They don’t know.
Them, the vile, medieval terrorists, unjustly killing in the name of Islam. They don’t know better but to dare try and take away our liberty. They don’t know that we stand together, strong and tall. That we have long before them fought for our ideals, implemented our values and cultivated our rights.
They don’t know that they are up against a nation that isn’t afraid of expressing itself and rising up. They have forgotten about Descartes, Camus and Robespierre, and all the writers, philosophers, artists, politicians and scientists that have enlightened and fueled us with the unbreakable power to protect ourselves and to protect others; who have taught us to never give up no matter the circumstances. They don’t remember that we have rebelled and resisted a myriad of enemies for centuries, and that no force was ever strong enough to break us.
They must find it despicable, I guess, to let others practice the religion they choose, to be fraternal and to treat individuals equally regardless of color, gender, age and ethnicity. They must find it despicable to smile walking down the street, to dance to music, to drink wine at night, to fall in love with a stranger and to live the romance of a Parisian cliché.
It must be a crime, I guess, to be happy.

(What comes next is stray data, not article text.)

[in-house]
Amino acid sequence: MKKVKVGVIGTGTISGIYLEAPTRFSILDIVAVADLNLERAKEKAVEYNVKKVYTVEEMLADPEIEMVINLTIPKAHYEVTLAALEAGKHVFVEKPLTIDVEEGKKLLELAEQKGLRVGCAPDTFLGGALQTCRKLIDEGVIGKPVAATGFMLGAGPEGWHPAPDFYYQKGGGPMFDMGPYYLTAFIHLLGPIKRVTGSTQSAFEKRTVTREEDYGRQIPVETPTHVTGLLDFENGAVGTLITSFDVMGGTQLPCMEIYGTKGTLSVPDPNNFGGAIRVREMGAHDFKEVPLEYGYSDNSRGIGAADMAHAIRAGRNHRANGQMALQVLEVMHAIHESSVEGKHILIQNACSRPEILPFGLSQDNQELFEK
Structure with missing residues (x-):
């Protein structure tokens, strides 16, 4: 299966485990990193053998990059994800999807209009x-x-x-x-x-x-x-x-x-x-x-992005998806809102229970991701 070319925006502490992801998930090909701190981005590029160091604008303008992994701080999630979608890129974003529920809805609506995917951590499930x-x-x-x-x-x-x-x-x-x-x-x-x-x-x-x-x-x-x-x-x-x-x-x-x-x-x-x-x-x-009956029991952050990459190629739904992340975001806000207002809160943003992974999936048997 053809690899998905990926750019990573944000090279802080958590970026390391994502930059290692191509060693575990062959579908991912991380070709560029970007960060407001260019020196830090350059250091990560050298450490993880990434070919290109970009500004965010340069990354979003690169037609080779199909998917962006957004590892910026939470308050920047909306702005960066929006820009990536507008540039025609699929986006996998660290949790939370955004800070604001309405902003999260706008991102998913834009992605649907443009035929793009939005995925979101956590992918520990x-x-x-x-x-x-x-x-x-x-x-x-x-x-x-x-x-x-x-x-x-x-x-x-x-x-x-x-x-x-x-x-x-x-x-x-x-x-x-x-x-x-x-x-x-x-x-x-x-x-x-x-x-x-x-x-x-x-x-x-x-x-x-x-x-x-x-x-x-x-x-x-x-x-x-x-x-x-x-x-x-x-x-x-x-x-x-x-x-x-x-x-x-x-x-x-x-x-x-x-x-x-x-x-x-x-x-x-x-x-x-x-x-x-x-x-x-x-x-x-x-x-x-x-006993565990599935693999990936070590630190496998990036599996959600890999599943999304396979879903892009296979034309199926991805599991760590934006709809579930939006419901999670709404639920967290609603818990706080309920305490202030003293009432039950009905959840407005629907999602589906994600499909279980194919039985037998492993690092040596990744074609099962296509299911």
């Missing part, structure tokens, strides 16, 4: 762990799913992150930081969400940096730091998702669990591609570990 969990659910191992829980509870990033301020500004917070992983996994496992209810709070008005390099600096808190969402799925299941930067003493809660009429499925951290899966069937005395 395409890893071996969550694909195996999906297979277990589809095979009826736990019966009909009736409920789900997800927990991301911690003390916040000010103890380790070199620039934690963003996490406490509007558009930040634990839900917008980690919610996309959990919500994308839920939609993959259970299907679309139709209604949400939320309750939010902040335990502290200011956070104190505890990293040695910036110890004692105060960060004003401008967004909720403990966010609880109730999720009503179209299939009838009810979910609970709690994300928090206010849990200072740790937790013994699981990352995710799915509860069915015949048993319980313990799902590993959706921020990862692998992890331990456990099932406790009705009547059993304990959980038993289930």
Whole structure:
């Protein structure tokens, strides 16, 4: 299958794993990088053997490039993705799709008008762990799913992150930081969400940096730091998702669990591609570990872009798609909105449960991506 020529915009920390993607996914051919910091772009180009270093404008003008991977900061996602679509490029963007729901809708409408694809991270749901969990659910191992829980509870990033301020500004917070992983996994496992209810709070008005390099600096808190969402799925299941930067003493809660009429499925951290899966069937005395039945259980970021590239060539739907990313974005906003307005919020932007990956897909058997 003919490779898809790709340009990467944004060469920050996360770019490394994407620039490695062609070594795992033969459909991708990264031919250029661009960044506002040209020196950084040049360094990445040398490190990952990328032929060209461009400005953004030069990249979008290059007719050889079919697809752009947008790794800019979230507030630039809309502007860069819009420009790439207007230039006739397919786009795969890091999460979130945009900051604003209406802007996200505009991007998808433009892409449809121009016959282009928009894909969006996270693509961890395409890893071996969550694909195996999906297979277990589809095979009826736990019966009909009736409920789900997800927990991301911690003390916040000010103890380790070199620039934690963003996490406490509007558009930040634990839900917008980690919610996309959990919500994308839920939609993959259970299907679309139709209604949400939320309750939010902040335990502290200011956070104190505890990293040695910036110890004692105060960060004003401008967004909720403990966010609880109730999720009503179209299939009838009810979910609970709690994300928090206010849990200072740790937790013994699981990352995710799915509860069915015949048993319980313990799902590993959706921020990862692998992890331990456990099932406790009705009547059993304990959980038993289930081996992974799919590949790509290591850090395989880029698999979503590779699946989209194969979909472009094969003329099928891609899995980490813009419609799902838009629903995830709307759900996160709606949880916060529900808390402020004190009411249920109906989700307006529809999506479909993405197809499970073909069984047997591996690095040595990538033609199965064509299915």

But we, ourselves, also don’t seem to know. That our politics are too complex and divergent. That there is imperfect information between civilians and politicians. That international cooperation has gone rogue. That we should never have to guess the true intentions of our governments in foreign policy.
We seem to have forgotten that the invaluable lessons we learn as children are, more than ever, applicable today. That the ends don’t justify the means. That sincerely asking, “What’s wrong?” can make a vital difference. That attempting to understand another culture should not lead to attacking it harder than it attacked us, but to a peaceful path. We seem to have forgotten that sitting at the same table and setting the right objectives is paramount.
They should know that they can sit with us, the same way that we should sit with them.
It shouldn’t be too hard, then, to remember the chaos of living through war and the hardships of recovering from battles. The feeling of falling asleep to the sound of gunshots and bombings. The sight of blood and lifeless bodies in the streets.
Do words need to be terrifying for them to be heard?
Our work isn’t done, we are not done. Great powers have greater responsibilities – the duty to implement human rights peacefully, to lend a hand, to help others, to teach younger nations and most importantly, to show the example.
For our families, for our friends, for them and for our future generations.
– Anne-Lise Sharbatian is a French-American sophomore double majoring in economics and finance.
Photo courtesy Garry Knight, Creative Commons